PUBLISHERS OF LITERARY FICTION SINCE 1983
To reach the back yard you had to go through the narrow kitchen door. And although it’s true that the kitchen was dark, you could still see all the objects in it, the aluminium pans and fat pots, the jugs and enamel bowls, the old white oven with its brass rings, the big table with the marble top on which some piece of crockery had always been left out by mistake. But you tended to ignore the kitchen, you didn’t really look at it, but ran in the direction of the yard, as if you were being sucked towards it by the light, and you staggered a little as you went through the door, because you were blinded for a few seconds, and only the smell and the heat guided your first steps, the smell of earth, grass and over-ripe fruit that wafted to you on the warm wind like the breath of some living animal.
Everything in the back yard danced: the broad leaves of a banana tree, the flowers and leaves of the hibiscus, the still tender branches of the jacaranda, the blades of grass that grew like weeds and against which, after a certain point, we gave up the struggle.
It was only when you lay down in the grass that you noticed how slender the jacaranda leaves were, sweeping the sky, and how the sun was a blue and gold eye watching, blinding all other eyes, so that only he could see; up there above the garden and the house, the sun was the only seeing eye.
But as I said, you didn’t need eyes to see because you could do that even with your eyes closed, through your eyelids inundated with light – the chicken wire on the hen coop at the back of the yard, the wall, the tiled roof of the house, the windows, the dark doorway, always open, the balcony on the first floor, where, at the end of the day, Laureano would sit drinking a beer. You didn’t need eyes to see because you knew everything, it was yours, you didn’t even need to hope or wish for anything because things simply happened of their own accord and came to meet you – and so, for example, at the end of the day, you just had to raise your head to see Laureano sitting out on the balcony.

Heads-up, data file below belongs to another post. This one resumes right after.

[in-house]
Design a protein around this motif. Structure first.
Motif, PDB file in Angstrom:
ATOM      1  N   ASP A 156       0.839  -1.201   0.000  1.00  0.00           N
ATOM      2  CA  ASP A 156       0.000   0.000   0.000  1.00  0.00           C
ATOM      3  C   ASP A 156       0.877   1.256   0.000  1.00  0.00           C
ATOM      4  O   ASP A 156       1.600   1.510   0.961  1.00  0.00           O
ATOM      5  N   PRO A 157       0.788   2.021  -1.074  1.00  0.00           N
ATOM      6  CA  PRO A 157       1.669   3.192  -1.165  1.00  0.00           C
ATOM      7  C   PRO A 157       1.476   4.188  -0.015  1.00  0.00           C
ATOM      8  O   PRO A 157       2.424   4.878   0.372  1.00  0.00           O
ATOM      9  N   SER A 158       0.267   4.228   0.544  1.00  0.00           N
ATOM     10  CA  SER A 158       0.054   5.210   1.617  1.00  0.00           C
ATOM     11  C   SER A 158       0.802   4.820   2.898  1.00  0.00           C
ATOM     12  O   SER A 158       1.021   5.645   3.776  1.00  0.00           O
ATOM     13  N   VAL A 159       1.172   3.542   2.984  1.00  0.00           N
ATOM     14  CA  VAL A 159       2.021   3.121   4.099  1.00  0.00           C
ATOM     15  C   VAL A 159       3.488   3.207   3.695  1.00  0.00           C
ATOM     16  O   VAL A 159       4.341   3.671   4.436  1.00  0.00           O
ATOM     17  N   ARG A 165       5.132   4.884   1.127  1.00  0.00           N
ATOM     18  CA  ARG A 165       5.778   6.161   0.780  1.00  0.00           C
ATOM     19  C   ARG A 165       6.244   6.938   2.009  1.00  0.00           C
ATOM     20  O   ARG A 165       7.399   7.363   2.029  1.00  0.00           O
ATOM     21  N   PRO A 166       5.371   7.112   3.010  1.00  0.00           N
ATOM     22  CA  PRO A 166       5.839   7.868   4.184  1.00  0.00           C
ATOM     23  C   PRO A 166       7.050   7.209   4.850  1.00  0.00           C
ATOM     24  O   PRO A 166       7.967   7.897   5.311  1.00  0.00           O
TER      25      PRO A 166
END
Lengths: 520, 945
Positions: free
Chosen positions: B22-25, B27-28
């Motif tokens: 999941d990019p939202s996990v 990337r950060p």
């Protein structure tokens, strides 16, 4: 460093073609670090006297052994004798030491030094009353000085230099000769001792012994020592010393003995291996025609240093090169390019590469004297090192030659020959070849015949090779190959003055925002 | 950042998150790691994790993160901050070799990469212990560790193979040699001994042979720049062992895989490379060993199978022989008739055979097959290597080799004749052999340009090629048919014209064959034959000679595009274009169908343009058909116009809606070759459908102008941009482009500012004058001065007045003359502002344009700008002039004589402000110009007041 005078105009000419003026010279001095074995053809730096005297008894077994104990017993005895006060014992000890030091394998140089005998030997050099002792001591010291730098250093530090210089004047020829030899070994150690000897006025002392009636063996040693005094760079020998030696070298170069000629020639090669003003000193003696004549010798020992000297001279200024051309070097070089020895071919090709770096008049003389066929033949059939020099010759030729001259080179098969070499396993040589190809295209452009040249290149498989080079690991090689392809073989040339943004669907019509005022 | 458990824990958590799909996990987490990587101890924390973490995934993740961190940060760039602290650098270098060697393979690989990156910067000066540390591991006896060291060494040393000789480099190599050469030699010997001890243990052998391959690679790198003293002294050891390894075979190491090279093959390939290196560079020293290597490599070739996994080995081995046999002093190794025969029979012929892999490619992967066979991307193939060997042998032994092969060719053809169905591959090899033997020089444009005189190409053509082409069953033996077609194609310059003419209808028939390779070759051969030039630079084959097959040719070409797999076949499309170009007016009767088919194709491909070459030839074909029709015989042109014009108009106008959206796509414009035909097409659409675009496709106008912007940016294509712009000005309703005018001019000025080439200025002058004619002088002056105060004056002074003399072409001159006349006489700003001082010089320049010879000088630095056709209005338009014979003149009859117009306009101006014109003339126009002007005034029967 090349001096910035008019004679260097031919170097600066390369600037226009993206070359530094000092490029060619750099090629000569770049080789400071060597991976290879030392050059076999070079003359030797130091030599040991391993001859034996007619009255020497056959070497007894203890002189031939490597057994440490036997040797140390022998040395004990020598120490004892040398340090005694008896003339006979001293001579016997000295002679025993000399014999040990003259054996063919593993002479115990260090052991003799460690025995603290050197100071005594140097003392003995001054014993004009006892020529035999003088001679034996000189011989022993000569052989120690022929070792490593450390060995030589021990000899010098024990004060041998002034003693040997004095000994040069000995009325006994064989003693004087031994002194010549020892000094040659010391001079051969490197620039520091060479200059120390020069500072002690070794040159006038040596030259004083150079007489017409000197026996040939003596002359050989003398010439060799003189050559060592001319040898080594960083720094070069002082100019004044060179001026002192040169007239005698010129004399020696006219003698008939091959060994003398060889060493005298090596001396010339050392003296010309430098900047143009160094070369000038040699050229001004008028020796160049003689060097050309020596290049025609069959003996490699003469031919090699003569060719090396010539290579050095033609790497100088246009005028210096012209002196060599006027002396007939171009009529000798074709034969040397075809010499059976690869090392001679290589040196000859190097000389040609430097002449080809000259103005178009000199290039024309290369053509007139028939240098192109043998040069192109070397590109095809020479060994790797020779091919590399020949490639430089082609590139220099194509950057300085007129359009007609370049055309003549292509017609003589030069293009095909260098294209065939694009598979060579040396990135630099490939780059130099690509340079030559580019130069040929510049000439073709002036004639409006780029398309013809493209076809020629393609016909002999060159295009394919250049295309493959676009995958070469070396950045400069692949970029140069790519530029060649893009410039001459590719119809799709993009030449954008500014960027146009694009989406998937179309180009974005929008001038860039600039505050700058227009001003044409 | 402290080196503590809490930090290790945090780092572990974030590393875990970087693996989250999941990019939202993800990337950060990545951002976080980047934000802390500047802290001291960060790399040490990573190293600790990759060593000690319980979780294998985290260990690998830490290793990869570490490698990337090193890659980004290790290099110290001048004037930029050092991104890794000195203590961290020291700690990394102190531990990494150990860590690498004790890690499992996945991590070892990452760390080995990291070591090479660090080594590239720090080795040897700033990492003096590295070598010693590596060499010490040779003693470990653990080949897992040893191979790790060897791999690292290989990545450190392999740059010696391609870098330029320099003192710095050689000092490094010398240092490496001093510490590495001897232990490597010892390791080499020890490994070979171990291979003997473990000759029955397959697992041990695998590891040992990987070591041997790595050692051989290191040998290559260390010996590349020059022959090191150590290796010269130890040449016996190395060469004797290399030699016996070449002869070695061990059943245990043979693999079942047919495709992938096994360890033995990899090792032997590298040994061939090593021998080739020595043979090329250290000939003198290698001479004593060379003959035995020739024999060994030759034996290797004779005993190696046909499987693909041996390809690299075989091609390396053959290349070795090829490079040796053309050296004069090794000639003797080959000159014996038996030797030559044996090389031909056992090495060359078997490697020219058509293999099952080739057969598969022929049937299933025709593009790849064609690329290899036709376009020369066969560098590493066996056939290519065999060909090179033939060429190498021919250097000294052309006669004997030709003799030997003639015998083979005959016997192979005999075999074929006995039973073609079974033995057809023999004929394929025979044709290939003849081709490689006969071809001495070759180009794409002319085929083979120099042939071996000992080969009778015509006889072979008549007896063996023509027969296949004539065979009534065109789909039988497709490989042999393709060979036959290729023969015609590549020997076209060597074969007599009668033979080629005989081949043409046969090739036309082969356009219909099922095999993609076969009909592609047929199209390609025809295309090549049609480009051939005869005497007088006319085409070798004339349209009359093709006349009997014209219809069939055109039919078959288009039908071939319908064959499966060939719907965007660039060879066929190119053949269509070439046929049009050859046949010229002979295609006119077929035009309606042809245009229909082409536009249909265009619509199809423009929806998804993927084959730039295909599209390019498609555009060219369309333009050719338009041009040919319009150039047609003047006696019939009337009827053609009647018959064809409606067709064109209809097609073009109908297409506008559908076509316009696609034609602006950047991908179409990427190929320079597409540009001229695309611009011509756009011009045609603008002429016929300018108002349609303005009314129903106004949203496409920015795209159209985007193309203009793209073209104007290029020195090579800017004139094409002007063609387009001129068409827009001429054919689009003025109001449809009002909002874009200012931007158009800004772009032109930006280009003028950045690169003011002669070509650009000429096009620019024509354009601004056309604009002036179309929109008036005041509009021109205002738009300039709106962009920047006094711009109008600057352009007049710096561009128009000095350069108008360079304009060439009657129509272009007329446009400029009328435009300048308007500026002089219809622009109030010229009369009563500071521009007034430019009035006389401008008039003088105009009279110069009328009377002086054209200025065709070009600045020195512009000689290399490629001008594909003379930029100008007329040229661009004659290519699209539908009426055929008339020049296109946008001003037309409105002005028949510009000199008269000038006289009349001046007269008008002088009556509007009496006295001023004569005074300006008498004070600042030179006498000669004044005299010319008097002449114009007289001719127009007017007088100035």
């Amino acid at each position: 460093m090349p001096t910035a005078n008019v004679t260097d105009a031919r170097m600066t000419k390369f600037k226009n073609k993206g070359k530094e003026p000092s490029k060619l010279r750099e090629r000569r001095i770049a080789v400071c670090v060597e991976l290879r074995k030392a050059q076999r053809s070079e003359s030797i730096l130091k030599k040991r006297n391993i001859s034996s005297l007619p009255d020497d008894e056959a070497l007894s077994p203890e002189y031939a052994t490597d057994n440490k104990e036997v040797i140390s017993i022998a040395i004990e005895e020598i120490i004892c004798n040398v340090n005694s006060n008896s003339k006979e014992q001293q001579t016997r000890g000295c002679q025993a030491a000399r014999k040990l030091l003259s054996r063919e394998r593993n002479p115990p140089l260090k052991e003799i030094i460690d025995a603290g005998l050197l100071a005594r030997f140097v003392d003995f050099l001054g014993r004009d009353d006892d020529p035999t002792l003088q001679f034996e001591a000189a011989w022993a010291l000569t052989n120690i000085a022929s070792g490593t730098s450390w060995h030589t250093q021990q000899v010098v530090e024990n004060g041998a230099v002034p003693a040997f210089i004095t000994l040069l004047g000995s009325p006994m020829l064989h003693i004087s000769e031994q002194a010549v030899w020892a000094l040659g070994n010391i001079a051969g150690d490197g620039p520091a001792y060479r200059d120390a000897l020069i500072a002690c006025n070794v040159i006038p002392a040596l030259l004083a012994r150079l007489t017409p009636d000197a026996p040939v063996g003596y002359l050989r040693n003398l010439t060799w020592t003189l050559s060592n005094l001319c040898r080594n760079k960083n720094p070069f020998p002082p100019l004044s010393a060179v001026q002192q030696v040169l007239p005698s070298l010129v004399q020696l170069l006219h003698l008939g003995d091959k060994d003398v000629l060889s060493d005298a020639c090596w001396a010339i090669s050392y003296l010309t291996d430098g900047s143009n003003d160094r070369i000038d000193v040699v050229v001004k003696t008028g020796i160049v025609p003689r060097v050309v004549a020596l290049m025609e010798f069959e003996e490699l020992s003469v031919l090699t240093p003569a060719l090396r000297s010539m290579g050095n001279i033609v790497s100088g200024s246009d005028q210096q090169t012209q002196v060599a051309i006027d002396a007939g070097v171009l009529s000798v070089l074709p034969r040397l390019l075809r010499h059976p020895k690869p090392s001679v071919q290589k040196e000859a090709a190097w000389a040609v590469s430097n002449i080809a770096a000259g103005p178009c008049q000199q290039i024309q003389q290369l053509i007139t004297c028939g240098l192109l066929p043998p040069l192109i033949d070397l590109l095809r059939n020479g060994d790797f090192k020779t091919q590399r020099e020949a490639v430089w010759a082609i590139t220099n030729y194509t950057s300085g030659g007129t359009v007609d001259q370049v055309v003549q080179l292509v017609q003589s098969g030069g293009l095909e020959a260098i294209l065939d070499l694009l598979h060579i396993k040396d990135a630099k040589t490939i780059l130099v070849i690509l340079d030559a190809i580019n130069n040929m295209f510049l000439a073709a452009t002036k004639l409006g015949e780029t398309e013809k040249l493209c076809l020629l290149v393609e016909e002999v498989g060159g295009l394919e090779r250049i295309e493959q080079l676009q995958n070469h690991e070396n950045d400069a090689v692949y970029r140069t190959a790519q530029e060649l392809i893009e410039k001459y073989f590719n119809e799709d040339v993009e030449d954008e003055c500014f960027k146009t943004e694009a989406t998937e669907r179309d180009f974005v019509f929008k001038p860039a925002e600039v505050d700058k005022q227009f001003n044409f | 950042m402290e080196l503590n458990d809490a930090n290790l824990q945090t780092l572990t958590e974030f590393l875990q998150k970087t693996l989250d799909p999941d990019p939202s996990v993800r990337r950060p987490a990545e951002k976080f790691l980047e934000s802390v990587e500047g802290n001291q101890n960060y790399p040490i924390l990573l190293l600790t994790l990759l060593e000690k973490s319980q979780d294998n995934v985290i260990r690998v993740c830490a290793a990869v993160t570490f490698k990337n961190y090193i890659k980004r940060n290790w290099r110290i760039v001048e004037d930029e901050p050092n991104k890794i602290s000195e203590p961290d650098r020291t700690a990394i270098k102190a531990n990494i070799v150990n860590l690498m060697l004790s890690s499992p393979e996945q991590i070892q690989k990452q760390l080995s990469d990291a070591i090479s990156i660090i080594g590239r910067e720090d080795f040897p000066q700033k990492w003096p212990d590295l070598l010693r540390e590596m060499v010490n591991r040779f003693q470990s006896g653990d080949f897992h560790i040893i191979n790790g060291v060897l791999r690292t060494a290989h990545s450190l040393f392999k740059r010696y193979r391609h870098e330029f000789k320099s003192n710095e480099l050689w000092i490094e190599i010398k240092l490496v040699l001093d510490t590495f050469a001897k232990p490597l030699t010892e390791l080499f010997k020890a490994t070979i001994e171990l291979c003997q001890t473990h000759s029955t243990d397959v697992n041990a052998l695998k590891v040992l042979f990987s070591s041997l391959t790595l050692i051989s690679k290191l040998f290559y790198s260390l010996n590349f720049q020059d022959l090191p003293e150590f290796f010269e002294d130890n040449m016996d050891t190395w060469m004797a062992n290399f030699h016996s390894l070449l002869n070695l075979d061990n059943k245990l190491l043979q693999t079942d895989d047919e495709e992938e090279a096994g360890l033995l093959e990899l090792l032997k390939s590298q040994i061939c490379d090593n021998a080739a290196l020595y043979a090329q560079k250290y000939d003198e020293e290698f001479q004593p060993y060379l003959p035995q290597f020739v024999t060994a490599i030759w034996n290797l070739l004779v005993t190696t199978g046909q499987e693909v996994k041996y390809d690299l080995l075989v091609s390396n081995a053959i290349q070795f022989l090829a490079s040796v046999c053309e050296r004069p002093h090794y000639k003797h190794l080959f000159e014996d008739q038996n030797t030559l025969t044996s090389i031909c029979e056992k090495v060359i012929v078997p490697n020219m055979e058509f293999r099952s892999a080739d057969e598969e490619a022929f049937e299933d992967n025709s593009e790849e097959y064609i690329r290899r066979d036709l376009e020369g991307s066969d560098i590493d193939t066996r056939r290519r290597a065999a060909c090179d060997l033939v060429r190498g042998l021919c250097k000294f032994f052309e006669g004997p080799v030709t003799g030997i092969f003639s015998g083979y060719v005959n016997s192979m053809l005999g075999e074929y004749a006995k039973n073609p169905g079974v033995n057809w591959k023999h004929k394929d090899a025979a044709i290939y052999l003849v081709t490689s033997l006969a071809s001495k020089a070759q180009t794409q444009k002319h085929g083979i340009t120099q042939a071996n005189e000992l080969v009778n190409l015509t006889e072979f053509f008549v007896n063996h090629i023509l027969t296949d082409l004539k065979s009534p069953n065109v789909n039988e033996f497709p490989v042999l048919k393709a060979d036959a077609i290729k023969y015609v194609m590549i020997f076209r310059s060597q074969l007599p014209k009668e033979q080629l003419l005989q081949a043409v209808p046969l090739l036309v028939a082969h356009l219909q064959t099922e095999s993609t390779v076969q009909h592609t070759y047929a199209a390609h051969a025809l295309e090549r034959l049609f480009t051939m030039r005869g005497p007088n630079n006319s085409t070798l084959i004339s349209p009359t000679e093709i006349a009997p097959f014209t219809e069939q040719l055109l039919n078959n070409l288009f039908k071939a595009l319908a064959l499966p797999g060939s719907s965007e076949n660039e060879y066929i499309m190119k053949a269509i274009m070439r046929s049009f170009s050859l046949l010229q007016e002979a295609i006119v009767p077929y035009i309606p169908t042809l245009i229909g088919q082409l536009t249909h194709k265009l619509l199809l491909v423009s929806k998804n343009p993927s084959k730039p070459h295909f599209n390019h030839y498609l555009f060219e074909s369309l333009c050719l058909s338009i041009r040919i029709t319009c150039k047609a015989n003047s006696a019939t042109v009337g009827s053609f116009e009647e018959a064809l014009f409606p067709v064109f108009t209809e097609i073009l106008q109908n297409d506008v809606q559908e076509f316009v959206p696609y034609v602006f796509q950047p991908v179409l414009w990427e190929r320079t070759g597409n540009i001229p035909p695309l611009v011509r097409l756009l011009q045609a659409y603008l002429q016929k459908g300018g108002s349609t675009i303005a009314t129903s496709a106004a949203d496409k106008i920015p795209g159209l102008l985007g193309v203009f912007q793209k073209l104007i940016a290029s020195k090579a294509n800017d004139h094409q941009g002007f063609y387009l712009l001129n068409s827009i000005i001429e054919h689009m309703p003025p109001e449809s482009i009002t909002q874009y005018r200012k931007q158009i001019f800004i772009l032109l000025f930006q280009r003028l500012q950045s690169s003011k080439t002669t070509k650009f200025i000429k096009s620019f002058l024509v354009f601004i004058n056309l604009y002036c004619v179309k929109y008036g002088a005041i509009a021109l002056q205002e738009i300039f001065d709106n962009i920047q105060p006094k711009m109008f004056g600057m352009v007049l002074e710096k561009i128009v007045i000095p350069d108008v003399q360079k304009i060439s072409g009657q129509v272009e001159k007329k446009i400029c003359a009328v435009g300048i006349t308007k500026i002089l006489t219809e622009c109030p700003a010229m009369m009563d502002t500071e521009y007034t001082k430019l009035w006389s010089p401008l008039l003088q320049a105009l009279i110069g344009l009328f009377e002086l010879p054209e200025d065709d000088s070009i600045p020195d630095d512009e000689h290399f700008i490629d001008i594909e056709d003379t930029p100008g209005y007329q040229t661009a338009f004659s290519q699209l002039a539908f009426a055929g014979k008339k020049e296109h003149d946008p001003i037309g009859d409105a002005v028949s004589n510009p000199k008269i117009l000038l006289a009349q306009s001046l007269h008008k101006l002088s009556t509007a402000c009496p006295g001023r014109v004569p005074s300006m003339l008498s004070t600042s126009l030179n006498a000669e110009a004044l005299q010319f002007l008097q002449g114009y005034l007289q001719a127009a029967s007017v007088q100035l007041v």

Then night fell, like a glass of dark beer spilled by the sky. Or like an eyelid closing. Because the dusk came quickly - well, there wasn’t really any dusk to speak of, there was no gradual transition: it was either dark or light.
Down below, while Laureano was sitting on the balcony, the garden grew like a wild thing. A sorghum plant would sprout from seed dropped by accident or put out for the birds; a clandestine beanstalk would shoot up among the daisies; brambles and nettles and nameless weeds grew among the golden-shower orchids and the bauhinia; any seed carried by the wind eventually burgeoned into green leaves licked by the summer rains. And Amélia would say, frowning: ‘The garden’s turning into a jungle.’ And she’d slam the window shut.
It wasn’t a garden, it was a wilderness, which you either loved or hated; there were no half measures, because you couldn’t compete with it. It was there and it surrounded us, and you were either part of it or you weren’t. Amélia wasn’t. Or didn’t want to be. That’s why she continued to try and tame it. ‘I want this swept,’ she would say to Lóia. No fruit peel could be left lying on the ground, no seed or stone could be thrown down. ‘That kind of thing might be all right in the shanty-towns,’ she would say about anything that displeased her, ‘but not here.’
And so the house was divided in two, the White House and the Black House. The White House belonged to Amélia, the Black House to Lóia. The yard surrounded the Black House. I belonged to the Black House and to the yard.